What sensitive data is lurking on your old SD card? | Tech Security

SD cards – those tiny devices that go into your camera or tablet – may be small, but they can hold a lot of revealing information. Because they are often used for storing photos, that information can be highly visual. A research team from the University of Hertfordshire just bought 100 second-hand SD cards and found two thirds of them carrying incriminating files.

The team, commissioned by consumer device advisory site Comparitech, found that 65% of the SD cards still had sensitive files ranging from pornography and intimate personal photos through to passport pictures.

SD cards use a different technology to hard drives, but they have some commonalities. One of these is that deleting a file or even using the standard quick format option in your operating system doesn’t really erase the data. It only marks the file as deleted in the drive’s index, which tells the operating system that the space occupied by that file is now available. The file’s data is still there, and curious users – or organizations wanting to prove a point – can recover it with freely-available forensics tools.

The researchers’ report on the project explains that the cards came from various sources including second hand shops, auctions, and eBay. Researchers typically bought the cards one at a time, and then used a free data forensics tool called FTK Imager to create a bit-for-bit copy of each card. This enabled them to work from a copy without disturbing the original. Then, they used WinHex and OSForensics to work out what data was in the imaged disk.

Four of the drives couldn’t be read at all, four of them had no data present, 25 had been properly wiped with a data erasing tool, and 29 had been improperly formatted, leaving the data easily recoverable. On two of the disks, files had only been deleted (again, leaving the files exposed). Alarmingly, 36 of the drives’ former owners had taken no steps to remove their data. This enabled the researchers to recover data from 65% of the cards.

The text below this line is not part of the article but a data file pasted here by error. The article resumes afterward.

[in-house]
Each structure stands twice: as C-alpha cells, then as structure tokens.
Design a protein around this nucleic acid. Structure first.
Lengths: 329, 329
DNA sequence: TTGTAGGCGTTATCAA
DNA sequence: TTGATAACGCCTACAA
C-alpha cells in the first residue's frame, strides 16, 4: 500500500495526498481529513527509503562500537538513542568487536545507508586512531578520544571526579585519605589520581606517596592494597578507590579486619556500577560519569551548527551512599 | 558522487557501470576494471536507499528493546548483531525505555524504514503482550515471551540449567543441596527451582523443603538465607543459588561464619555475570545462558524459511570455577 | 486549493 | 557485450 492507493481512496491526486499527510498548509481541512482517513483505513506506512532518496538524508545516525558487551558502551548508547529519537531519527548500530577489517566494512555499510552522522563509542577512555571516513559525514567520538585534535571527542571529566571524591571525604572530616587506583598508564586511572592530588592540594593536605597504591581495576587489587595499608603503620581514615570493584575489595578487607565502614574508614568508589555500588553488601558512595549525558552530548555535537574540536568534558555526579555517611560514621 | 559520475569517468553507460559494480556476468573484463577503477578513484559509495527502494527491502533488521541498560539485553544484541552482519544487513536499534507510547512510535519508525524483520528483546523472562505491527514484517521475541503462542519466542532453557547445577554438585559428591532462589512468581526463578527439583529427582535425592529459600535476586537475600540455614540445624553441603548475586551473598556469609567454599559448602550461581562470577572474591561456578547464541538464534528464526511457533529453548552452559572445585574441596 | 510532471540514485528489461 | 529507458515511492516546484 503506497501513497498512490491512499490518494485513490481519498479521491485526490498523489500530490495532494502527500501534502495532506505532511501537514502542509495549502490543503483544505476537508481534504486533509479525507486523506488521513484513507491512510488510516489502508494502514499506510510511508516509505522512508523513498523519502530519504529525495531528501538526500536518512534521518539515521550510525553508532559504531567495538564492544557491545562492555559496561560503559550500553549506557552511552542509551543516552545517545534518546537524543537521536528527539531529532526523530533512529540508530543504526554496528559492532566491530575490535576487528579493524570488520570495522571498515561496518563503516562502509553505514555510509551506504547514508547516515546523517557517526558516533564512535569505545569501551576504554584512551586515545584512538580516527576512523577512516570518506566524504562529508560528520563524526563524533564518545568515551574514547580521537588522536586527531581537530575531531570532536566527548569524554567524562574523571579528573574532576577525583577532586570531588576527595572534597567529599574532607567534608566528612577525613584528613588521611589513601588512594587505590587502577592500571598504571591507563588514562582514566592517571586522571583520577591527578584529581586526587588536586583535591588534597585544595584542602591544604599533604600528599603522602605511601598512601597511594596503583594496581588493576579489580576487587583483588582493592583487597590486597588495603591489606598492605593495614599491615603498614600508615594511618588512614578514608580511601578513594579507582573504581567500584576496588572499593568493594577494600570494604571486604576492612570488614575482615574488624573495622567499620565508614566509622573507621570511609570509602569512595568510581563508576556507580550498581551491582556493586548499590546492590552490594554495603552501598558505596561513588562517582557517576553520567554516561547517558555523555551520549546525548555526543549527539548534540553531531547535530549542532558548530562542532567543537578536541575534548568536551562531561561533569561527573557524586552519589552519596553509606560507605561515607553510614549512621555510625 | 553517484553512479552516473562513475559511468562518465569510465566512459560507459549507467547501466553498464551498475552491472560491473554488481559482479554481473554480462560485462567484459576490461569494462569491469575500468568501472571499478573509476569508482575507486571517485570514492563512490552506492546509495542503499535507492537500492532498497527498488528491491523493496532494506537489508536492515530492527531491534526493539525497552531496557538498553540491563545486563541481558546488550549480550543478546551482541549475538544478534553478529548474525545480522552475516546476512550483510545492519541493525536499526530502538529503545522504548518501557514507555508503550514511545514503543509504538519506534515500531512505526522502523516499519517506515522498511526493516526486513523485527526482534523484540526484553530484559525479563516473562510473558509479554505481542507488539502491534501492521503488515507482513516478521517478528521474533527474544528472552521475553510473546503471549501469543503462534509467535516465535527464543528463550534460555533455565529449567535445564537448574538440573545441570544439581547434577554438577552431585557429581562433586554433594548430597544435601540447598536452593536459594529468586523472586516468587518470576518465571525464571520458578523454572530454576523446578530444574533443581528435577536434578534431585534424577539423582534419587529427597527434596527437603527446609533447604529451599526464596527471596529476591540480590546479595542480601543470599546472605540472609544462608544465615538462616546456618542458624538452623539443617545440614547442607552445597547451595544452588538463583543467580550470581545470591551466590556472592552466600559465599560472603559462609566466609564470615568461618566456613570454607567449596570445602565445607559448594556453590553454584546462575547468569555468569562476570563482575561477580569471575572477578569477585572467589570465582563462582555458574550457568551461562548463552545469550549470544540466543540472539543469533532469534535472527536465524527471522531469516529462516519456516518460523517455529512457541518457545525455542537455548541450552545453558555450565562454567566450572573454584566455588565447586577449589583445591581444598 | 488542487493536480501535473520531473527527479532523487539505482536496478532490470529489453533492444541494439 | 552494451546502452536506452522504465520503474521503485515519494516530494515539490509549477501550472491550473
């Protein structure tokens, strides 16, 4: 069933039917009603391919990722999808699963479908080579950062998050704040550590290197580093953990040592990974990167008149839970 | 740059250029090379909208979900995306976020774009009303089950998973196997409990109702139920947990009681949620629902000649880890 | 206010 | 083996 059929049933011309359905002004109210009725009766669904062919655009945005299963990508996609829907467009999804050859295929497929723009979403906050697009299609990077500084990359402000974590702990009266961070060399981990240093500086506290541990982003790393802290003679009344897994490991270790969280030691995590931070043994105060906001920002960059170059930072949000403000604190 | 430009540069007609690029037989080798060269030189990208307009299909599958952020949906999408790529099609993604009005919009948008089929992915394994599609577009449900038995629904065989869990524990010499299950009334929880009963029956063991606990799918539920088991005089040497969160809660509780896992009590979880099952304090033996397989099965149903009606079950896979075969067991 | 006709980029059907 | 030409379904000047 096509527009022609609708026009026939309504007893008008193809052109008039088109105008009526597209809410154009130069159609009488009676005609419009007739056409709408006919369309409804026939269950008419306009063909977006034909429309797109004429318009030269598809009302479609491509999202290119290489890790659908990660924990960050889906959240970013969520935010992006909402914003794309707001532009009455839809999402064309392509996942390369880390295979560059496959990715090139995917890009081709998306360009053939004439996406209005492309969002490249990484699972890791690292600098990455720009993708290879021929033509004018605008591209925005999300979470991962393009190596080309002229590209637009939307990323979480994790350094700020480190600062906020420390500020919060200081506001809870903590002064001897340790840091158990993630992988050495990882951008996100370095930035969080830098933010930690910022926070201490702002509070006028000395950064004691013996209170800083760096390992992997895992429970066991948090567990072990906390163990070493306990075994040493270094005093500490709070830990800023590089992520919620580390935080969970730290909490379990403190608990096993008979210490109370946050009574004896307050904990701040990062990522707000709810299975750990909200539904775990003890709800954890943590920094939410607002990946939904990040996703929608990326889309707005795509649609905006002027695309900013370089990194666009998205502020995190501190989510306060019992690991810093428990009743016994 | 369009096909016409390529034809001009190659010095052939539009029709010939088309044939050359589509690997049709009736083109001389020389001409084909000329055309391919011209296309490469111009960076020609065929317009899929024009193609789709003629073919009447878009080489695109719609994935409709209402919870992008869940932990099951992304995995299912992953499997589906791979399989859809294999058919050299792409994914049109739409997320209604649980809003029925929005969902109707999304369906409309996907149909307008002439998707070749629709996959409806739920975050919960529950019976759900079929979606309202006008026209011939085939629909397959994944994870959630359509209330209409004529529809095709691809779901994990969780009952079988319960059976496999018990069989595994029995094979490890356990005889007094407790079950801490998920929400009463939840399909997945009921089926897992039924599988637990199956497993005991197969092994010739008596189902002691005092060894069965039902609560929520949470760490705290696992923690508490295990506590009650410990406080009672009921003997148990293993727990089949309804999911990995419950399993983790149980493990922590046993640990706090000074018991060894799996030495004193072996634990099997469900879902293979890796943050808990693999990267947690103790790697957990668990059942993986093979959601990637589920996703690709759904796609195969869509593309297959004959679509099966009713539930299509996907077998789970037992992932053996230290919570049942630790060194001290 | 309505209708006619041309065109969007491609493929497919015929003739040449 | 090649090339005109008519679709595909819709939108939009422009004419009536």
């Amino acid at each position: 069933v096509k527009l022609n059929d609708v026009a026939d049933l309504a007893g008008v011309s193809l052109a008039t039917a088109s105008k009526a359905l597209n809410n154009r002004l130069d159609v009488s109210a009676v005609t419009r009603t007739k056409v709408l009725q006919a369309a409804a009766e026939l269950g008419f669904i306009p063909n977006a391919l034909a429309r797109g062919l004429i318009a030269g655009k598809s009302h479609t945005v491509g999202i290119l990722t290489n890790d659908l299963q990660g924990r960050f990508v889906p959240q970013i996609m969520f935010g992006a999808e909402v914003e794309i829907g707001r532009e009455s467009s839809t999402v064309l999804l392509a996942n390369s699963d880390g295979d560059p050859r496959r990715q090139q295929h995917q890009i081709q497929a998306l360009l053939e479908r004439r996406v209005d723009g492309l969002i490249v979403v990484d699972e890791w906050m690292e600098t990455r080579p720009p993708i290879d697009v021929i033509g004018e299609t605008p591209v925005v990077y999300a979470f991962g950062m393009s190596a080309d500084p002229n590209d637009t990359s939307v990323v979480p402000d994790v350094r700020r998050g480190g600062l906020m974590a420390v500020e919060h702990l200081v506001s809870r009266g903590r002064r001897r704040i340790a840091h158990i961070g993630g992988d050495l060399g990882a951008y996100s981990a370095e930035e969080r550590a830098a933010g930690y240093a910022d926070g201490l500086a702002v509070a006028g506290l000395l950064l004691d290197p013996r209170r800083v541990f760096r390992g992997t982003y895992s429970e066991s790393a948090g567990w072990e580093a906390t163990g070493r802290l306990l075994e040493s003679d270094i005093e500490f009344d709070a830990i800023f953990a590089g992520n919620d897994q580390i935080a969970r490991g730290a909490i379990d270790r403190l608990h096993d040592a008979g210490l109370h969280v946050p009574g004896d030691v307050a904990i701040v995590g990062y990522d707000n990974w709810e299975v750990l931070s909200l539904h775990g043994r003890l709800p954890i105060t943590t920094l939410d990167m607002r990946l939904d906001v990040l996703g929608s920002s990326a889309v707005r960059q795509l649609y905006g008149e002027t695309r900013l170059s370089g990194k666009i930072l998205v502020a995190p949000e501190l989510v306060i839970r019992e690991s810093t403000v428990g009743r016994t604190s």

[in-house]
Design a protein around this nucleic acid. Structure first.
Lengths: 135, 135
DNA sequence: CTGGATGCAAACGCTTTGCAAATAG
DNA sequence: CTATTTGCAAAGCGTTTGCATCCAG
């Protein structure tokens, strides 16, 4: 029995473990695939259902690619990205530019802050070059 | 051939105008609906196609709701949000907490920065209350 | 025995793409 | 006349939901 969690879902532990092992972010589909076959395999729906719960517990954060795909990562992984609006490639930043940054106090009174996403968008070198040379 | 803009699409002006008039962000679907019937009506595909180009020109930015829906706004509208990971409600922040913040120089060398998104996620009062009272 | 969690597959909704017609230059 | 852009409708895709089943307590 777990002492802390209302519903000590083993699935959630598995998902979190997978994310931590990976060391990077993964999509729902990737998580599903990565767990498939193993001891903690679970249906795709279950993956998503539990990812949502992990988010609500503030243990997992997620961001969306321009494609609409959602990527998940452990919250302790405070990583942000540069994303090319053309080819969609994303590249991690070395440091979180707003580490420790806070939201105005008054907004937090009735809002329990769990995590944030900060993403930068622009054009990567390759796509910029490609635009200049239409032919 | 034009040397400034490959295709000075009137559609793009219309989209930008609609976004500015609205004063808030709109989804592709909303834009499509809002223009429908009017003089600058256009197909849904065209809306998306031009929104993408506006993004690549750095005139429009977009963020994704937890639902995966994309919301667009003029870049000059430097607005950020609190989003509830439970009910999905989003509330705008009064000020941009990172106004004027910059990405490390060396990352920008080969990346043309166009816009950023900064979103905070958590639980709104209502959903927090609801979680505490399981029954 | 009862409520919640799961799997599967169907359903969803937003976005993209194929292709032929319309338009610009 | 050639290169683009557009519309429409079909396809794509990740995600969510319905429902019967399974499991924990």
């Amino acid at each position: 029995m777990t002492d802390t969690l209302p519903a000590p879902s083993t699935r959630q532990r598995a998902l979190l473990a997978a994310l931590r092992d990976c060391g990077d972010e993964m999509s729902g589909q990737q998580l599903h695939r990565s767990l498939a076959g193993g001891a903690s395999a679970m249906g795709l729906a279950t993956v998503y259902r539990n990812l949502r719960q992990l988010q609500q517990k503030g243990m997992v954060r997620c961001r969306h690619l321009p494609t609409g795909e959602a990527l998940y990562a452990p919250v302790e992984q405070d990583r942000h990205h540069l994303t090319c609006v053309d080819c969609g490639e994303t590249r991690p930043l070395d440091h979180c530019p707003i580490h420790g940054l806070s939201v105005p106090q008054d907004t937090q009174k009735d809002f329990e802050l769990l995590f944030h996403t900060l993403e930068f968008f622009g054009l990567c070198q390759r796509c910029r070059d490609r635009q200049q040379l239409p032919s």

What was on the cards?

The most common content (around 37%) was photographic, followed by multimedia. ‘Sexualised content’ came third, accounting for just over 5%. Business documentation and CVs came last.

One card contained a large collection of photos, some of them intimate, from a female student at a UK university. A photograph of her passport was on the same card. On others, the researchers found photographs of a woman together with her email address and phone number, and the names and phone numbers of friends. On yet another was personal details including vehicle registration numbers, credit card PIN numbers, home addresses and phone numbers from another UK university student, the report said.

Why are people leaving sensitive information on SD cards for others to find? Alarmingly, some of them seem to think that it isn’t their job to remove it, the report suggested:

While the sellers had, in some cases, claimed prior to sale that the media had been formatted or wiped, in other cases they had included a disclaimer saying that there may be data present and that they buyer should remove it.

These cards come from smart phones and tablets, but also from satnav systems, drones, and dash cams. The researchers warned of growing attack footprints as the number of devices containing these cards grows.

For example satellite navigation systems (SatNav) data can be used to determine the home location of the user, and also the routes that they regularly use and locations that they have identified as being of interest, which may include their place of work and the homes of family and friends.